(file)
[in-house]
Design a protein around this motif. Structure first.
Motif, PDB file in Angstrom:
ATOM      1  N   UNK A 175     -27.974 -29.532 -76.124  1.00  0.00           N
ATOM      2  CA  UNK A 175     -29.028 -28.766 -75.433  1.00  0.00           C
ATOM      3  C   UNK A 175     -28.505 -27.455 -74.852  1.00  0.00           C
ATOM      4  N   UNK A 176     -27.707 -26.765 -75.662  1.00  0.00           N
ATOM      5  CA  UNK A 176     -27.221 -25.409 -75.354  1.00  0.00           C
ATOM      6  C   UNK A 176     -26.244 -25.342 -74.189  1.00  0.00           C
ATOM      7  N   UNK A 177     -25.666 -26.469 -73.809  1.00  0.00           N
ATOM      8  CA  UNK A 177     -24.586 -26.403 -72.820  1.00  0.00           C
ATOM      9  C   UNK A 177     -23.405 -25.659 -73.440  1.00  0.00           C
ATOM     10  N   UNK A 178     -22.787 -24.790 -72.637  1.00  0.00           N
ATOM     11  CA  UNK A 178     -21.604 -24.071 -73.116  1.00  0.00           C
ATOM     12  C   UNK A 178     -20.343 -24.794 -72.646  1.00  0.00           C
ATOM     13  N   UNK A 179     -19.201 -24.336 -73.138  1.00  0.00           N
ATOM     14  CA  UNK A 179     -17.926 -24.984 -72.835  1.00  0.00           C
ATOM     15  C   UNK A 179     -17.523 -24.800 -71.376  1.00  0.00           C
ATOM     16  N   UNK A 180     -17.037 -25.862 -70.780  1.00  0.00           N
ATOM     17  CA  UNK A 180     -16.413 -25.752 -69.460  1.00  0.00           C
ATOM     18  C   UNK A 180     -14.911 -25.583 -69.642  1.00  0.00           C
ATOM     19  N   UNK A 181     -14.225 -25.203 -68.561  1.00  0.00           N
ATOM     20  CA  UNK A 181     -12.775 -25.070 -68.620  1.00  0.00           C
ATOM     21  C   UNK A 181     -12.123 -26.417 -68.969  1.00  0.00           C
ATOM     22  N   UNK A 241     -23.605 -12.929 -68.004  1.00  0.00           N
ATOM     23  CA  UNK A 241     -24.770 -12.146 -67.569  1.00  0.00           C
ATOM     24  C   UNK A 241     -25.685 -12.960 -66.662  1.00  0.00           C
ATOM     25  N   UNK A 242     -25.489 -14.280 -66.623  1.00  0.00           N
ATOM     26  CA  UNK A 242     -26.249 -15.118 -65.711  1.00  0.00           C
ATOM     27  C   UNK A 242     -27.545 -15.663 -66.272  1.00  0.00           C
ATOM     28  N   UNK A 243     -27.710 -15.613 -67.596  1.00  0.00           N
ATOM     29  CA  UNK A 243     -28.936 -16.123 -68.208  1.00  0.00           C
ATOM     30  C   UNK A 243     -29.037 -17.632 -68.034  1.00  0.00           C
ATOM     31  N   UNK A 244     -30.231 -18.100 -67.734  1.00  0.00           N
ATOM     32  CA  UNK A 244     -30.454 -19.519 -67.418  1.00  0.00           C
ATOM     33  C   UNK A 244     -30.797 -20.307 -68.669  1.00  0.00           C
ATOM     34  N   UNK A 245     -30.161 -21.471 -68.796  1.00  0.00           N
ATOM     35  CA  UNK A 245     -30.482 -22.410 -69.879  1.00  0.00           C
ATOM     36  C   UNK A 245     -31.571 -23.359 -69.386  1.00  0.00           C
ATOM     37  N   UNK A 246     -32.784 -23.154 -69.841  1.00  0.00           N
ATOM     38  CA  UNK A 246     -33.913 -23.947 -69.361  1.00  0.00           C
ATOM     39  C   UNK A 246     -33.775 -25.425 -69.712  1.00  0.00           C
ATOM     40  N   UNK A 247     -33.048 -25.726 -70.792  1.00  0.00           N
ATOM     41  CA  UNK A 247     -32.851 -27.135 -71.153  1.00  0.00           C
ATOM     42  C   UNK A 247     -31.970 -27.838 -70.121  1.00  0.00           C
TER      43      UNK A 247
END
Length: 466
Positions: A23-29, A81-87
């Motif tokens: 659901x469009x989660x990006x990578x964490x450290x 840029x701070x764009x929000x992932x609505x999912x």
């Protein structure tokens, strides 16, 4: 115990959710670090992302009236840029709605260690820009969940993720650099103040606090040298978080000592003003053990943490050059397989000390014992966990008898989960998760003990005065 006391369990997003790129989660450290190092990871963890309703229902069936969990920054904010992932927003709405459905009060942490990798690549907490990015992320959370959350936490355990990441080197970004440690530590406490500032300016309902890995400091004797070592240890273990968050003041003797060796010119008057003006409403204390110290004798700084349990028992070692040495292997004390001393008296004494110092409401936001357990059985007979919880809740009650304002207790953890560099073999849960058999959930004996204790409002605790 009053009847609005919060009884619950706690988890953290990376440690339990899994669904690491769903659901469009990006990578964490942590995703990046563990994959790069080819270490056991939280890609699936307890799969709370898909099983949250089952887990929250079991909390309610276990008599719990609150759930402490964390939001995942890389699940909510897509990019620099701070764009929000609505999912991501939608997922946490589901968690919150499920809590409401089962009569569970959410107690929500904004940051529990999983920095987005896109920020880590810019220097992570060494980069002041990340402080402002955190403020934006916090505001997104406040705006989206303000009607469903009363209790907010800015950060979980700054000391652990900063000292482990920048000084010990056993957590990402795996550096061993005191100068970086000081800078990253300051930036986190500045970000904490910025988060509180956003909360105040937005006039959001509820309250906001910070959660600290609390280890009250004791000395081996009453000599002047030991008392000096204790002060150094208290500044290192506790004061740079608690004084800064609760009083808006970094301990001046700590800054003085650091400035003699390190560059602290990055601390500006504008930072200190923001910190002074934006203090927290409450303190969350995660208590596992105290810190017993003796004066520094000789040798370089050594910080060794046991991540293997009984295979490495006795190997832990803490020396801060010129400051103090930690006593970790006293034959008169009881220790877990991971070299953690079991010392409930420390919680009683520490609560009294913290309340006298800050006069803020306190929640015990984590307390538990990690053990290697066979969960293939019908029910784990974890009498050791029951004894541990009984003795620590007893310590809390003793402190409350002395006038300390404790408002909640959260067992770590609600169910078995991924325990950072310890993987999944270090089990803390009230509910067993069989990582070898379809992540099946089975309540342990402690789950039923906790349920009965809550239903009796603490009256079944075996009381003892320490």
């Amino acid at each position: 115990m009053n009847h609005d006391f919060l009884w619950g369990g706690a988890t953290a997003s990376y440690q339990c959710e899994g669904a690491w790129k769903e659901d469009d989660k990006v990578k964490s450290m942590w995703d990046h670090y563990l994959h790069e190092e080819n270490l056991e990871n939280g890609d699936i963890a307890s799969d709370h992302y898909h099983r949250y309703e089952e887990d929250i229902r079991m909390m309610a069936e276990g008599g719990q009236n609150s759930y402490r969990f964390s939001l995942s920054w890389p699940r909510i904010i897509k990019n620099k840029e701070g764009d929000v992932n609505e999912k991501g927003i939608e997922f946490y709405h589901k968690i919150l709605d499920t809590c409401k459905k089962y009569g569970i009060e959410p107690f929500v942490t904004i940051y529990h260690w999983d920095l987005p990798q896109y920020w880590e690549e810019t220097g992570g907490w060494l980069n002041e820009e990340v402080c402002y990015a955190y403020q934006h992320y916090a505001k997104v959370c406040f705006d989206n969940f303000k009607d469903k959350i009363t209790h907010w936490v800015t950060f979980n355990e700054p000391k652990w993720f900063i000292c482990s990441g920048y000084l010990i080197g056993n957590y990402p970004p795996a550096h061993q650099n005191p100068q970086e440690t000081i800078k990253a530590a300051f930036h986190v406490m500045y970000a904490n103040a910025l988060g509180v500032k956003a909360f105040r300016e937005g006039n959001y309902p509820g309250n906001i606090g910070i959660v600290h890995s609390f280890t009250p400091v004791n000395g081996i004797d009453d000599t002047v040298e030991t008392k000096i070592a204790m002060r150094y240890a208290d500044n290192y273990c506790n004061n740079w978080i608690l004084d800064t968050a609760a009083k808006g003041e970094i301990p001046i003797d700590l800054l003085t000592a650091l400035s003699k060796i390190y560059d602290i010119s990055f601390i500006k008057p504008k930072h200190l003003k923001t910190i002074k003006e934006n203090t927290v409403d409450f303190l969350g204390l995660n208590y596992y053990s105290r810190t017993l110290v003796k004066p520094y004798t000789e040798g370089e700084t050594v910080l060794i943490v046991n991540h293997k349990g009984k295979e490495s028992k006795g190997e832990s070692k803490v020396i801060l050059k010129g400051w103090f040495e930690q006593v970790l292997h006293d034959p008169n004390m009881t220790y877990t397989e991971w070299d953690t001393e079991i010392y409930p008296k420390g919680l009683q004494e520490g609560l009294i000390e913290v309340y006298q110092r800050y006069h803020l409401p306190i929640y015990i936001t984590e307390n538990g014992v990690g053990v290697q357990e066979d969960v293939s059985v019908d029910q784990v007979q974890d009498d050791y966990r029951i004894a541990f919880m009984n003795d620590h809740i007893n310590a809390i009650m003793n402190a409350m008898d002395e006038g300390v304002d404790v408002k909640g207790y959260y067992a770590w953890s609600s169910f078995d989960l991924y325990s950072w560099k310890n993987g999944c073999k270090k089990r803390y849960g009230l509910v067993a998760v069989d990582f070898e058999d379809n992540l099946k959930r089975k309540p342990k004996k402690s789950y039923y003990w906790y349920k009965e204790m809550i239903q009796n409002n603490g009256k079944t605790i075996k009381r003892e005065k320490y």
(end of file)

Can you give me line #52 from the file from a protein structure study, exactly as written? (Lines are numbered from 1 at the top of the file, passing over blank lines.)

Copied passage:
């Amino acid at each position: 115990m009053n009847h609005d006391f919060l009884w619950g369990g706690a988890t953290a997003s990376y440690q339990c959710e899994g669904a690491w790129k769903e659901d469009d989660k990006v990578k964490s450290m942590w995703d990046h670090y563990l994959h790069e190092e080819n270490l056991e990871n939280g890609d699936i963890a307890s799969d709370h992302y898909h099983r949250y309703e089952e887990d929250i229902r079991m909390m309610a069936e276990g008599g719990q009236n609150s759930y402490r969990f964390s939001l995942s920054w890389p699940r909510i904010i897509k990019n620099k840029e701070g764009d929000v992932n609505e999912k991501g927003i939608e997922f946490y709405h589901k968690i919150l709605d499920t809590c409401k459905k089962y009569g569970i009060e959410p107690f929500v942490t904004i940051y529990h260690w999983d920095l987005p990798q896109y920020w880590e690549e810019t220097g992570g907490w060494l980069n002041e820009e990340v402080c402002y990015a955190y403020q934006h992320y916090a505001k997104v959370c406040f705006d989206n969940f303000k009607d469903k959350i009363t209790h907010w936490v800015t950060f979980n355990e700054p000391k652990w993720f900063i000292c482990s990441g920048y000084l010990i080197g056993n957590y990402p970004p795996a550096h061993q650099n005191p100068q970086e440690t000081i800078k990253a530590a300051f930036h986190v406490m500045y970000a904490n103040a910025l988060g509180v500032k956003a909360f105040r300016e937005g006039n959001y309902p509820g309250n906001i606090g910070i959660v600290h890995s609390f280890t009250p400091v004791n000395g081996i004797d009453d000599t002047v040298e030991t008392k000096i070592a204790m002060r150094y240890a208290d500044n290192y273990c506790n004061n740079w978080i608690l004084d800064t968050a609760a009083k808006g003041e970094i301990p001046i003797d700590l800054l003085t000592a650091l400035s003699k060796i390190y560059d602290i010119s990055f601390i500006k008057p504008k930072h200190l003003k923001t910190i002074k003006e934006n203090t927290v409403d409450f303190l969350g204390l995660n208590y596992y053990s105290r810190t017993l110290v003796k004066p520094y004798t000789e040798g370089e700084t050594v910080l060794i943490v046991n991540h293997k349990g009984k295979e490495s028992k006795g190997e832990s070692k803490v020396i801060l050059k010129g400051w103090f040495e930690q006593v970790l292997h006293d034959p008169n004390m009881t220790y877990t397989e991971w070299d953690t001393e079991i010392y409930p008296k420390g919680l009683q004494e520490g609560l009294i000390e913290v309340y006298q110092r800050y006069h803020l409401p306190i929640y015990i936001t984590e307390n538990g014992v990690g053990v290697q357990e066979d969960v293939s059985v019908d029910q784990v007979q974890d009498d050791y966990r029951i004894a541990f919880m009984n003795d620590h809740i007893n310590a809390i009650m003793n402190a409350m008898d002395e006038g300390v304002d404790v408002k909640g207790y959260y067992a770590w953890s609600s169910f078995d989960l991924y325990s950072w560099k310890n993987g999944c073999k270090k089990r803390y849960g009230l509910v067993a998760v069989d990582f070898e058999d379809n992540l099946k959930r089975k309540p342990k004996k402690s789950y039923y003990w906790y349920k009965e204790m809550i239903q009796n409002n603490g009256k079944t605790i075996k009381r003892e005065k320490y």